The Unhappy Truth About Parenting?
When I was pregnant for the first time, a bundle of emotions and images ran through me; I imagined hours of playing patty-cake with my baby, singing lullabyes and nursery rhymes, dancing and playing endless peek-a-boo. I saw my husband becoming a doting dad, throwing catch in the yard, fishing expeditions with his future son and camp outs. It must have been all the hormones that made me see my future life through those rose colored glasses because that’s far from how life turned out.
Peek-a-boo bored me quickly and it felt like an eternity for that first smile to show up. The baby didn’t understand my humor, talking to him all day long felt like talking to a wall most days, and that doting dad image… it turned into a husband who worked 2 jobs for the first seven years of marriage. That left little time for fishing, catch or doting –on the babies or me.
Needless to say, the children depressed me and not in a postpartum kind of way, (though I did have a bought with PPD after Shorty was born). No, this depression was a feeling of being unsatisfied. Let down. Disappointed. Now that I’m the mom of four very active children, I figured out that I just plain old didn’t like children as much as I thought I would.
It’s the honesty card of parenting that many don’t like to play. Instead we look for “happy” moments, like the first steps and the first words, first days of school (that’s party day for me) and it took me 13 years and four children later to admit and be honest that parenting can be downright depressing, draining, and as enjoyable as a wet cat. Admitting that I wasn’t having the kind of fun I thought motherhood would bring to me felt shameful, scary, and wrong on so many levels at the time. But I put it out there nonetheless and you know what? No one has revoked my parenting license (yet).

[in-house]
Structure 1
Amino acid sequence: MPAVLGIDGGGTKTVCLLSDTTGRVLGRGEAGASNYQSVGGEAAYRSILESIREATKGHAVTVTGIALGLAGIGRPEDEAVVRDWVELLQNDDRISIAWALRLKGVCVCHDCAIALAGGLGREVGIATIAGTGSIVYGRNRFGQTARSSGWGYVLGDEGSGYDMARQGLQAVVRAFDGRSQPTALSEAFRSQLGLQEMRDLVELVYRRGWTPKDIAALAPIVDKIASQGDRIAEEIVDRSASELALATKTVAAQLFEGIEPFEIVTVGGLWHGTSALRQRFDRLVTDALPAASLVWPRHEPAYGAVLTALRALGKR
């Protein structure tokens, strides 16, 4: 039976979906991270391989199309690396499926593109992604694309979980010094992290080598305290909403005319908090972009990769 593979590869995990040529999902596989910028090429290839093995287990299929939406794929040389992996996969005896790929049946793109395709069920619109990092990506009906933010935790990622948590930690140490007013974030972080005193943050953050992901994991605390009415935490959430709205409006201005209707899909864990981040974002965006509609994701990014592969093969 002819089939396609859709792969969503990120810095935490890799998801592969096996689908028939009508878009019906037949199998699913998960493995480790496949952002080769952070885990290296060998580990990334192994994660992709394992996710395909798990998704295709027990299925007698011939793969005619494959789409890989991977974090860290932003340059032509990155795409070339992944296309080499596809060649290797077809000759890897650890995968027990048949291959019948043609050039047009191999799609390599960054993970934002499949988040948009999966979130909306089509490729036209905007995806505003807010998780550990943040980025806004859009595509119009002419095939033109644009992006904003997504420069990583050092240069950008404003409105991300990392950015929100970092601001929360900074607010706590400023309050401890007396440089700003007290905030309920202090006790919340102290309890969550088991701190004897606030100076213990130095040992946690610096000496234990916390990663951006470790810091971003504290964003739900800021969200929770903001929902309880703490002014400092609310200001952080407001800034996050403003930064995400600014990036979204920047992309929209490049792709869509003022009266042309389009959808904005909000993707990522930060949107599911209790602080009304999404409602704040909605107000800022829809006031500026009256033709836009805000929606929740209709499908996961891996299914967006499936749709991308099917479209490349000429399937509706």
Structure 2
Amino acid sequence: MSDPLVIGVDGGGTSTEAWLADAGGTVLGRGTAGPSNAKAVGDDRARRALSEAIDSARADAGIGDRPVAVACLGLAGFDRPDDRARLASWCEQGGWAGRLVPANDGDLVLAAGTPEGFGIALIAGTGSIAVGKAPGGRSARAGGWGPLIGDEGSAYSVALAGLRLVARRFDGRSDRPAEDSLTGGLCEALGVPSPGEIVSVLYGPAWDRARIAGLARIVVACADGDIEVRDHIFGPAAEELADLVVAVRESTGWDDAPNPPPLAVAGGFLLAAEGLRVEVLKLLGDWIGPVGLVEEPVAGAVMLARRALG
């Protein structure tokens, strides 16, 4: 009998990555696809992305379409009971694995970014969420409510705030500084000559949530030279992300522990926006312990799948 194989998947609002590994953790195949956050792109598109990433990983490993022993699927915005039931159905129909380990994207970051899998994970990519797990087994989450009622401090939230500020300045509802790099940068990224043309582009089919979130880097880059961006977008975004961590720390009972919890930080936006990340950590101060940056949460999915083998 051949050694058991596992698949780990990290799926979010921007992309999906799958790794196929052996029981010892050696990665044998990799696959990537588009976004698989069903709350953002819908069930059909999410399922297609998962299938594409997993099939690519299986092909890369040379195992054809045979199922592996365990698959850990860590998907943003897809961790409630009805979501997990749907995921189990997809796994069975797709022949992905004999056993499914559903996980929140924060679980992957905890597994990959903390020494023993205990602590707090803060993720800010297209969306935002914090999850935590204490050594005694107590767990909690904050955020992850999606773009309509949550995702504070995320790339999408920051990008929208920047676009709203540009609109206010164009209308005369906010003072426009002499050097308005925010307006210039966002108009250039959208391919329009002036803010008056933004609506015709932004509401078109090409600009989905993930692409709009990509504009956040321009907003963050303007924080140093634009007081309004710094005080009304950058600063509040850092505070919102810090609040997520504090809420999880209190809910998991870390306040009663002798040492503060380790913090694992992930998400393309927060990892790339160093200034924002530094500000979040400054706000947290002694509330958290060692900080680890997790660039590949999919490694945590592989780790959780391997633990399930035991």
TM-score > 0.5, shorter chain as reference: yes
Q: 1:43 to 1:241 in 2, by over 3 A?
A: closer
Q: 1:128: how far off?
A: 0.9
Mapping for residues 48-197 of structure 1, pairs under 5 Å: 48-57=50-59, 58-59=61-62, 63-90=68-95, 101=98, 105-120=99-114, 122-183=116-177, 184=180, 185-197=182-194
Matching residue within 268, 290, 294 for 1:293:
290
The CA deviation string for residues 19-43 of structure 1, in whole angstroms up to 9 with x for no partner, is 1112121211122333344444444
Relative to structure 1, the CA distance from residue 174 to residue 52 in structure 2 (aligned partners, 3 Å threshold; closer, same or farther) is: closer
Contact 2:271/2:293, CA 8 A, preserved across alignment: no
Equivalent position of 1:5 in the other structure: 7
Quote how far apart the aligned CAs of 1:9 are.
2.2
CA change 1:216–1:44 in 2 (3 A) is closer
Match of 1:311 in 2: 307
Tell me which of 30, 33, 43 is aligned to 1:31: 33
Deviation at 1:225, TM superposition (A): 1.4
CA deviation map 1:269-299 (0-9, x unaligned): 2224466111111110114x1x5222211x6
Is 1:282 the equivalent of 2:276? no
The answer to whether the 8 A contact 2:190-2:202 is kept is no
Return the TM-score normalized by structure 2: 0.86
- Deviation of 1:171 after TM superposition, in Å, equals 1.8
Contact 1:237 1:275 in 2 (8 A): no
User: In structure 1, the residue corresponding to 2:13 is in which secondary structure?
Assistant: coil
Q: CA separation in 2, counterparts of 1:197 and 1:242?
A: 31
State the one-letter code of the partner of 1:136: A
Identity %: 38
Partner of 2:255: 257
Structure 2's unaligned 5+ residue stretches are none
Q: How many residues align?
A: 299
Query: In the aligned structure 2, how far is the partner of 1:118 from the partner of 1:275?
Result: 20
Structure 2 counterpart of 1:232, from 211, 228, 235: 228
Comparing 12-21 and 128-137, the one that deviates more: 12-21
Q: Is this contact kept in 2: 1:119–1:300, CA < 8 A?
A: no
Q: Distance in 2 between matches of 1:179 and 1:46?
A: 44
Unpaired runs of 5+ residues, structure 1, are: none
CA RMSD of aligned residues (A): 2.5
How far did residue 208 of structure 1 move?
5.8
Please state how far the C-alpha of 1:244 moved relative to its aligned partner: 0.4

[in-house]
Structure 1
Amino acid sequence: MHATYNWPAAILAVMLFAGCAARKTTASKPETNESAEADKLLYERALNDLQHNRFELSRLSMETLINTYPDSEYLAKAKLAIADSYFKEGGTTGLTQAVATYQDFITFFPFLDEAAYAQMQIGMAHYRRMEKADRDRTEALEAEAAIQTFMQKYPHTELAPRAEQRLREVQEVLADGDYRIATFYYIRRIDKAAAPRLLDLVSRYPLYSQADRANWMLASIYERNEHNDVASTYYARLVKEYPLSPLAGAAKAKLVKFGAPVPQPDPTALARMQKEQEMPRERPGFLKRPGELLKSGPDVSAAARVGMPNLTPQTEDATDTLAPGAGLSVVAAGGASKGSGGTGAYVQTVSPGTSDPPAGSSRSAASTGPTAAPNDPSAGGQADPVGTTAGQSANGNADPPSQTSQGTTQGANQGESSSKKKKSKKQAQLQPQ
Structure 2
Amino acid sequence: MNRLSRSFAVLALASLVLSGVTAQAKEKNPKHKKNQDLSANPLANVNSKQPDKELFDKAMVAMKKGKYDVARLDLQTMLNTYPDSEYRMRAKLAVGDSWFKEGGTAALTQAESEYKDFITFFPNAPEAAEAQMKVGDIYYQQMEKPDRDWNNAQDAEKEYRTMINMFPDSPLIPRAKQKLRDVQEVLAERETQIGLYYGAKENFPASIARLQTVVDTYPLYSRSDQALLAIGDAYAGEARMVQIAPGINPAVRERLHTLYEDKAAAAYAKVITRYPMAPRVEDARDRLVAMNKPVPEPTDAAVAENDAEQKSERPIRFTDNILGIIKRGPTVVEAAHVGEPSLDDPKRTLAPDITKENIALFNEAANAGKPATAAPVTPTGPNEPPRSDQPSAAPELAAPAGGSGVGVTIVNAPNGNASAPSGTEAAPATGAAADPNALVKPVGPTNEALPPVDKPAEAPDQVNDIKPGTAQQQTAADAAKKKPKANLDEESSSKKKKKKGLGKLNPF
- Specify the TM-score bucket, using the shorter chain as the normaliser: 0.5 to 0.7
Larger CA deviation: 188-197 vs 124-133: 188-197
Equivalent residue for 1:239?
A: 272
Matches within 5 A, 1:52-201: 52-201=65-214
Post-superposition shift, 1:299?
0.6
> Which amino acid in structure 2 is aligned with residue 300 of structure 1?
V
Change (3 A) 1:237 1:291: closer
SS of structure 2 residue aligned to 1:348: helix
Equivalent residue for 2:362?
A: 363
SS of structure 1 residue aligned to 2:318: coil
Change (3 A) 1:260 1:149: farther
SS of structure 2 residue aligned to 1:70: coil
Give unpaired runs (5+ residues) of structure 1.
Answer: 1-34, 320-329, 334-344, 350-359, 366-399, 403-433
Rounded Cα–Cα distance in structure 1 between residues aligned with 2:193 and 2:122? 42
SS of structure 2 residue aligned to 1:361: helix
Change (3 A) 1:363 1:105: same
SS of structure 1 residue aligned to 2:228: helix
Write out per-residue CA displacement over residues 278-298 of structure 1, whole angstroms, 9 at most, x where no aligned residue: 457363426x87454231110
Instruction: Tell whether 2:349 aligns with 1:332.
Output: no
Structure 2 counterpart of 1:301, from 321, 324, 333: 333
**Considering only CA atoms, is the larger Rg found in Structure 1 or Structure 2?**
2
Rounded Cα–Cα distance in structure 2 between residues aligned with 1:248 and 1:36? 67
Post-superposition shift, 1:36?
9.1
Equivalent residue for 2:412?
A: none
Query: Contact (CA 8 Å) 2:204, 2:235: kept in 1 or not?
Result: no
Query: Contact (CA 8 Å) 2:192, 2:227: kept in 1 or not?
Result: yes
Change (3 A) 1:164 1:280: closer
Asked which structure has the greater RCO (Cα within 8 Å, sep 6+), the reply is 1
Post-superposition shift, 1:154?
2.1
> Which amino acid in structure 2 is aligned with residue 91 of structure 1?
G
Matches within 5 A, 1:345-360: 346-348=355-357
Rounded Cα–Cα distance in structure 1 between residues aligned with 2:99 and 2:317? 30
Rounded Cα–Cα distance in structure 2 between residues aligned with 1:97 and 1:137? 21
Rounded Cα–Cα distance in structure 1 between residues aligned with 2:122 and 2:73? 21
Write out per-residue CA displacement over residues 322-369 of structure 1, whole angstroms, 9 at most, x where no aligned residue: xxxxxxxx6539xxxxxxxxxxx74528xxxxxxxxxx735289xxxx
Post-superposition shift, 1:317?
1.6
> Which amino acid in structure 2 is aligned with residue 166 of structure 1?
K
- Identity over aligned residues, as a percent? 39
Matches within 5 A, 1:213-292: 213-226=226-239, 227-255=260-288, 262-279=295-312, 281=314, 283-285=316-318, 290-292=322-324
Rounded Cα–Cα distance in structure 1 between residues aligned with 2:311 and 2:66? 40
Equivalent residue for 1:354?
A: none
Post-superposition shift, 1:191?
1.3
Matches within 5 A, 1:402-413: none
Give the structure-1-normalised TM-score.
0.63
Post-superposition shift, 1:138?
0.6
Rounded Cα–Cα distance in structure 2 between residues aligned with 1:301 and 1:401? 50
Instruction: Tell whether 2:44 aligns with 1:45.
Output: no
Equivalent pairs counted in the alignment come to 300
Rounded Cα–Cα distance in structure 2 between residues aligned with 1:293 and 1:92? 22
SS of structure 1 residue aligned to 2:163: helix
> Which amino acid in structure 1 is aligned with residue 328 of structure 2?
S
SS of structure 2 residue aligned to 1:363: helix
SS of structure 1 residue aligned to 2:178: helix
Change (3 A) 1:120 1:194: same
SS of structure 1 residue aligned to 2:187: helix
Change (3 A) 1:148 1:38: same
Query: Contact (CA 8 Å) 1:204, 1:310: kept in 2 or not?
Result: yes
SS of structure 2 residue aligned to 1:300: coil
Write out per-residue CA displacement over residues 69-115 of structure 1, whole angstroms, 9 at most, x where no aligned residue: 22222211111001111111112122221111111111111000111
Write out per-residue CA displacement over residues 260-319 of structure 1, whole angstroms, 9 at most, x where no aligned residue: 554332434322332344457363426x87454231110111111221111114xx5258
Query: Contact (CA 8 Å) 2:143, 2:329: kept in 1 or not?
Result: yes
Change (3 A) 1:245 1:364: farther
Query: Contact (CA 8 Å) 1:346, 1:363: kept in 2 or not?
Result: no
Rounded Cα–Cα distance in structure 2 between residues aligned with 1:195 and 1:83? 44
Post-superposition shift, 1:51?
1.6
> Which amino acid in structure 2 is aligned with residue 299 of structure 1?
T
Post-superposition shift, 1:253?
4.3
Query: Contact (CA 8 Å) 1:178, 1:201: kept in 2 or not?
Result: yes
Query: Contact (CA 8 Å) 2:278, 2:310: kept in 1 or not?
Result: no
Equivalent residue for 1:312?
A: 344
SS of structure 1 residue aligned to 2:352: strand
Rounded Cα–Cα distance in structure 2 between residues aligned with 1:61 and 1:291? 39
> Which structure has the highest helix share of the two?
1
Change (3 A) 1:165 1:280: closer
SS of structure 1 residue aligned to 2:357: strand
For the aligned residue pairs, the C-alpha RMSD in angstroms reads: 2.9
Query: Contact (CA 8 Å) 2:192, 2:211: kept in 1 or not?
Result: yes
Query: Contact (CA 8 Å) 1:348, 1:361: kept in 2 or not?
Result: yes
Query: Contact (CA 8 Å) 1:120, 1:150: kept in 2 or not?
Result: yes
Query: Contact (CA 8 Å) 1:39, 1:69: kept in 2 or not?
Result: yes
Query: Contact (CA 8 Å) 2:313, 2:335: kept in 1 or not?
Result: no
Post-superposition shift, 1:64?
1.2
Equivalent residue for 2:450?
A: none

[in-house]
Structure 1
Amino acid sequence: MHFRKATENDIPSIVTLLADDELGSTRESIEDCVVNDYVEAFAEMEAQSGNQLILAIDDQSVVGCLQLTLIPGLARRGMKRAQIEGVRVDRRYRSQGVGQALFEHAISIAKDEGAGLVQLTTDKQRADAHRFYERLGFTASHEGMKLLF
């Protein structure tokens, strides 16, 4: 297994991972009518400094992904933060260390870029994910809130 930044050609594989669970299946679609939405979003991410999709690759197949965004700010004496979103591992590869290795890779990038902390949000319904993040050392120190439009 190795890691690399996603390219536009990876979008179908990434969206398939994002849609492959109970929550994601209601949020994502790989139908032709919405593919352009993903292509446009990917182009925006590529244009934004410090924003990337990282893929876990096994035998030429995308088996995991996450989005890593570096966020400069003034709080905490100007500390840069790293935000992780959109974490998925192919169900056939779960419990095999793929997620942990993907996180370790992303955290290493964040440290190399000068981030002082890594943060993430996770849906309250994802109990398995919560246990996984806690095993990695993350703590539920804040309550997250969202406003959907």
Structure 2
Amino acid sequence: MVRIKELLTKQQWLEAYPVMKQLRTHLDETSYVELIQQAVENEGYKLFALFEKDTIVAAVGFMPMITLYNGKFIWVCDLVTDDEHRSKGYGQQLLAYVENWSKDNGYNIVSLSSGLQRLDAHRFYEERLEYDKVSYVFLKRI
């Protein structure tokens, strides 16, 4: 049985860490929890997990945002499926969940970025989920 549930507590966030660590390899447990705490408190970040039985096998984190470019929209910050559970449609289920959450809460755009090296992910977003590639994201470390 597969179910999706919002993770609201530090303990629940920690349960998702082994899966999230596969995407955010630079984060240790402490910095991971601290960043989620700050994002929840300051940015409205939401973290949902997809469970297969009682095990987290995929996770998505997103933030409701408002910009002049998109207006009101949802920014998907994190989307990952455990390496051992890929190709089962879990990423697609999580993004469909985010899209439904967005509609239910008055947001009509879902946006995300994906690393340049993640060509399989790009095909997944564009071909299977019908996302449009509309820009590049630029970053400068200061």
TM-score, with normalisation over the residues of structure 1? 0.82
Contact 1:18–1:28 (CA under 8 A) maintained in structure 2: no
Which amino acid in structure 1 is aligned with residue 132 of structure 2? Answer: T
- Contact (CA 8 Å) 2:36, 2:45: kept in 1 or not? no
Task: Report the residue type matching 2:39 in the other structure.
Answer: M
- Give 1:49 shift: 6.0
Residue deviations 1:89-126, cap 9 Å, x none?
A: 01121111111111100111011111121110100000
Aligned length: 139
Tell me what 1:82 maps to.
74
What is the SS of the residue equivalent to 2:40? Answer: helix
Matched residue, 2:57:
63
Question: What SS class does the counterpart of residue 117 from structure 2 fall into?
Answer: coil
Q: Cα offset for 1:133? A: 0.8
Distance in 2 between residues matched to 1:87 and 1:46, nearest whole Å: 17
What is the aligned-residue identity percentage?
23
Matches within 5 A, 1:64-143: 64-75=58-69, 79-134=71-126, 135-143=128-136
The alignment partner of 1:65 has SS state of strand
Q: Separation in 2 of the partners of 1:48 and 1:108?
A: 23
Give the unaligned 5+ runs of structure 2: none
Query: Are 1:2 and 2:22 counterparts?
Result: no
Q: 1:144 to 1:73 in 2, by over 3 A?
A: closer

Today I don’t feel as ashamed to say how I feel about parenting. Maybe it’s because I’ve gotten a little bolder in the last two years, maybe it has something to do with I’m able to accept that I can love and really not like my kids at the same time, and maybe it has to do with the fact that psychologists and family experts are studying how parents really feel about parenting, and now I KNOW that I’m not alone.
Moms talk about feeling less validated than they thought they would quietly among their close friends, bold bloggers and writers are speaking out as well, but learning that over 900 other women would rather do housework than care for their kids makes me feel… at peace with my own emotions to say the least (and for the record, I would not pick housework).
Whatever the reasoning, I still wholeheartedly believe that it’s okay and even healthy for parents to be honest about how we feel about our roles. It’s tough! Not everyone wants to do it, and even men and women who looked forward to being a parent their entire lives are saying “I didn’t expect things to be this way”. We shouldn’t feel shamed or sad or even guilty about owning these feelings.
In the end though, as selfish as we would like to feel and cry out in our heads, “what about me?!” we know that it’s not about us, it really is about making sure that our children have what we didn't have or couldn't have had. It's often the tough choices and chores that make us unhappy.
If we could throw all of the hard parenting decisions out the window, would we be much happier and more fulfilled parents?